Reiter Diana Julia (born 6 November 1902, Drohobych – 1943, KL Kraków-Płaszów), engineer, architect, one of the first three women to work as architects in pre-war Kraków.
Diana Reiter was born into a wealthy assimilated Jewish family, the youngest of four daughters of Abraham (Adolf) Reiter – a respected lawyer, distinguished company commander of the 77th Infantry Regiment of the Austro-Hungarian Army, and long-standing vice-mayor of Drohobych – and Sophie (née Heimberg), co-owner of "Dr. E. Reiter, Hammerschmidt, Heimberg i S-ka,” a family-run paraffin and paraffin candle factory. Diana's sister, Bronisława Reiter-Silberschlagowa (a graduate of the Jagiellonian University) was a lawyer; she worked in the Tax Chamber in Warsaw and Kraków.
In 1927, Diana Reiter graduated from the Faculty of Architecture at the Technical University of Lviv (only 15 women graduated from the same faculty between 1919 and 1930). She then moved to Kraków. In April 1928, she started work at the Construction Office of the District Directorate of Public Works at the Provincial Office (Polish: Dyrekcja Okręgowa Robót Publicznych przy Urzędzie Wojewódzkim). She was the only female employee with a technical degree. This was an undisputed success which testified to her talent and determination, even more so considering that people of Jewish origin generally struggled to find employment in the public sector under the Second Polish Republic. As a clerk she issued opinions on building projects and handled private persons’ appeals against decisions of the construction authorities of the City of Kraków.
The young architect’s first project was a plan for the reconstruction of the Krzysztofory Palace, the erstwhile seat of the Directorate of Public Works, co-created with Adam Moscheni and Zdzisław Kowalski (head of the Construction Office). Working with the same team, Reiter also created a design for the new building of the Jagiellonian Library at A. Mickiewicza Avenue and submitted it to one of the “most serious and fascinating architectural competitions of reborn Poland,” as it was described by the Architekt magazine. Reiter’s designer team took third place and won a prize of 5,000 zlotys. Their submission was thus described in the report of the competition committee:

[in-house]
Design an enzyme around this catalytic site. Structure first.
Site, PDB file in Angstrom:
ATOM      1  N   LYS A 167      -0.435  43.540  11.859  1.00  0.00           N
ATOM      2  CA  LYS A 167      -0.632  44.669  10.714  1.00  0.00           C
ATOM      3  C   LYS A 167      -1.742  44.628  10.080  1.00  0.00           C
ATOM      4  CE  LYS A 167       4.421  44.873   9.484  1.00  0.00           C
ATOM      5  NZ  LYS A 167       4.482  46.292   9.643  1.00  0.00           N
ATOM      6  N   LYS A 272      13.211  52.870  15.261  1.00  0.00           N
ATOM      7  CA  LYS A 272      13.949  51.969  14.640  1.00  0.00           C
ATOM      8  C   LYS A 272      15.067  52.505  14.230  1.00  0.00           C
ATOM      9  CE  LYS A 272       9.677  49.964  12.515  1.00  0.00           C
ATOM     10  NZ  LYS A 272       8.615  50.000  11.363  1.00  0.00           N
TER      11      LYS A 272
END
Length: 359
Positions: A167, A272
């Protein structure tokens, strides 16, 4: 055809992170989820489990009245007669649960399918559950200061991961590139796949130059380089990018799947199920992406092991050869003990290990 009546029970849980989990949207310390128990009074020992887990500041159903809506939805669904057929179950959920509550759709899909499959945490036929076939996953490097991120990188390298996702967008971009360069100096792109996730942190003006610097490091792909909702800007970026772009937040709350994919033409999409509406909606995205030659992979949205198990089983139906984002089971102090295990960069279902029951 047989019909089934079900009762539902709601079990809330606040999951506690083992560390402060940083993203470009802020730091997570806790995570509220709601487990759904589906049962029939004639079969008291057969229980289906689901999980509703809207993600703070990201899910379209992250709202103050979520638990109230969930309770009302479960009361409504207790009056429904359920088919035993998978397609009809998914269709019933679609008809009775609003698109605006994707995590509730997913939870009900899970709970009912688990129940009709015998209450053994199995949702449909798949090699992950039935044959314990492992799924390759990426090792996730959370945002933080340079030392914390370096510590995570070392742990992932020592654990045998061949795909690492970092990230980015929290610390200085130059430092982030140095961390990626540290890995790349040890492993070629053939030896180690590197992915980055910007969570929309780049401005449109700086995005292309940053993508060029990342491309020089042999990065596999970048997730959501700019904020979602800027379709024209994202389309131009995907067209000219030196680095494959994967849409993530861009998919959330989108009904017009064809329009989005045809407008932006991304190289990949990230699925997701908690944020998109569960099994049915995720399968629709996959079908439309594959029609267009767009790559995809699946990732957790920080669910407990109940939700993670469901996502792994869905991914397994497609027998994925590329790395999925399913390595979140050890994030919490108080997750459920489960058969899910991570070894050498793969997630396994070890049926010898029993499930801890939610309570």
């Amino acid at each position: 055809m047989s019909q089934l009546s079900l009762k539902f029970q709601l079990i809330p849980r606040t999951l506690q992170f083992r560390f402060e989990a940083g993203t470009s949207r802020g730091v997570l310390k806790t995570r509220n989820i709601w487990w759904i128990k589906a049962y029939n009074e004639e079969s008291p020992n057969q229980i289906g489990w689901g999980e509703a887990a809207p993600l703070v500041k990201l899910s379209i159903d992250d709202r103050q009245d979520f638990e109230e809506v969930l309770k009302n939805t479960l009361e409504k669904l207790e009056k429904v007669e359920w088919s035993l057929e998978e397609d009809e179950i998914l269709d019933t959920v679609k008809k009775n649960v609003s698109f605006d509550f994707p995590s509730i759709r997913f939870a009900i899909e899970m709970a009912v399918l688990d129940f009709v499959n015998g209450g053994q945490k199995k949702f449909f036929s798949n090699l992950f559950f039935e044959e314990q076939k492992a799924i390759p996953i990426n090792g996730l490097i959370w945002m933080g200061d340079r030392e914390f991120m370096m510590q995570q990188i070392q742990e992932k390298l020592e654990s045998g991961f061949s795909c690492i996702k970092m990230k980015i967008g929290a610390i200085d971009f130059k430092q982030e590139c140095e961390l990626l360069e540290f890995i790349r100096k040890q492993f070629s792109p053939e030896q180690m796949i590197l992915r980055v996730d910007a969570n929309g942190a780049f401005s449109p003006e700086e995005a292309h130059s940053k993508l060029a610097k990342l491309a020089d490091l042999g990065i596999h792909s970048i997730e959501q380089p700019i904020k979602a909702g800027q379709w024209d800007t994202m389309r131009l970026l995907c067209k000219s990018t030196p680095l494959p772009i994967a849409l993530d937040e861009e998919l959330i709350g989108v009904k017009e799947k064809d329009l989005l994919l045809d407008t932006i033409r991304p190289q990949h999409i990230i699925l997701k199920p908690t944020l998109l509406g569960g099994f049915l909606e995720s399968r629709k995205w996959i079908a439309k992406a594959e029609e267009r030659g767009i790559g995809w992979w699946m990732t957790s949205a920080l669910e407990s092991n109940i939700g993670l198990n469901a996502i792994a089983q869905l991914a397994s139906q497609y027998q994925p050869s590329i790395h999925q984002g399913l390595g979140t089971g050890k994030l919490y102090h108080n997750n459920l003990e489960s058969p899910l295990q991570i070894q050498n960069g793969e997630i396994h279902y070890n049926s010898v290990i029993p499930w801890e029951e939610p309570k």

“Good location. Timely execution of the building is possible, expansion can be carried out without detriment to the overall plan. Good layout of the storehouse and main reading room. The main reading room is passable, it has unpleasant lighting (overhead lights in the centre, wall lights in the wings). Easy control of movement, except in the section holding engravings and incunabula cabinets, which is communicated with the studios via a corridor, resulting in intersecting book traffic and reader traffic. The positioning of the administrative rooms is good, the positioning of the rooms intercut with entrances and the wardrobe is not developed enough. Compact, economical building. Good architecture in terms of shapes."[1.1]
In 1931, Diana Reiter was dismissed from the Construction Office (redundancy of employees without permanent contracts due to the economic crisis) and later assigned to the Construction Division. In 1932, she received a professional construction licence which allowed her to work independently as an architect.